The Level Four Release is the “Ability Release.” This too has a sociopathic tinge to it, for my money (and, yes, I did pay to do it, while Hubbard was still alive and able to oversee the Tech): “Without need to justify own actions or defend self from others, loss of make-guilty mechanisms, self invalidation and demand for sympathy. Can be right or wrong.” I haven’t actually met many Scientologists who could be wrong. Back in these old days, the next step was the “confirmation of expanded grades”: “Knowledge of having fully made lower Grades; freedom from cruel impulses and from being humanoid.” I don’t believe I’ve met a single person who has actually achieved these states, and whether the management of the mother cult is humanoid or not, I am not qualified to say, but they have yet to rid themselves of “cruel impulses.”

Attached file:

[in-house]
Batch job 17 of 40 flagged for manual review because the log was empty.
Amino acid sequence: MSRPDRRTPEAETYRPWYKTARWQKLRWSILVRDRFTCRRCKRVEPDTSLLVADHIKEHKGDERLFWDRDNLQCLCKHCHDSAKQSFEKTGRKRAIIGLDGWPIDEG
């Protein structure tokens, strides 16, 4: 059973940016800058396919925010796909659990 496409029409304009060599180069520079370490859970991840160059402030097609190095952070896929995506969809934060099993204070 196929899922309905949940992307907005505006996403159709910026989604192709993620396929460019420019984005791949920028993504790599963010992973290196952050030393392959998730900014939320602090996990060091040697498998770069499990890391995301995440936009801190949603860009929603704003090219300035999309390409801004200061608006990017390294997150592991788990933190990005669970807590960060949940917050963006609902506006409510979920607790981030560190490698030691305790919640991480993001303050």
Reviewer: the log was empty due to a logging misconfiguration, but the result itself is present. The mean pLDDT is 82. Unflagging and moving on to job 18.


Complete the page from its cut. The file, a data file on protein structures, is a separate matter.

The 1970 edition of Scientology 0-8 also has the end phenomena for the upper levels. I hope to find time to discuss them at a later date – they are rather more startling than the current Bridge! In the meantime, you can find my work to proof people against manipulation and how to develop healthy skepticism at the Open Minds Foundation.

 
— Jon Atack

 
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Jeffrey Augustine takes aim at the IRS commissioner

We recently learned from contributor Jeffrey Augustine that some changes in the law have made it a little harder for the IRS to launch an investigation into a church’s tax-exempt status. As a result, pressure will need to be brought on the IRS commissioner himself to launch an investigation, and that will take considerable effort.

In order to help that process along, Jeffrey has launched an online petition.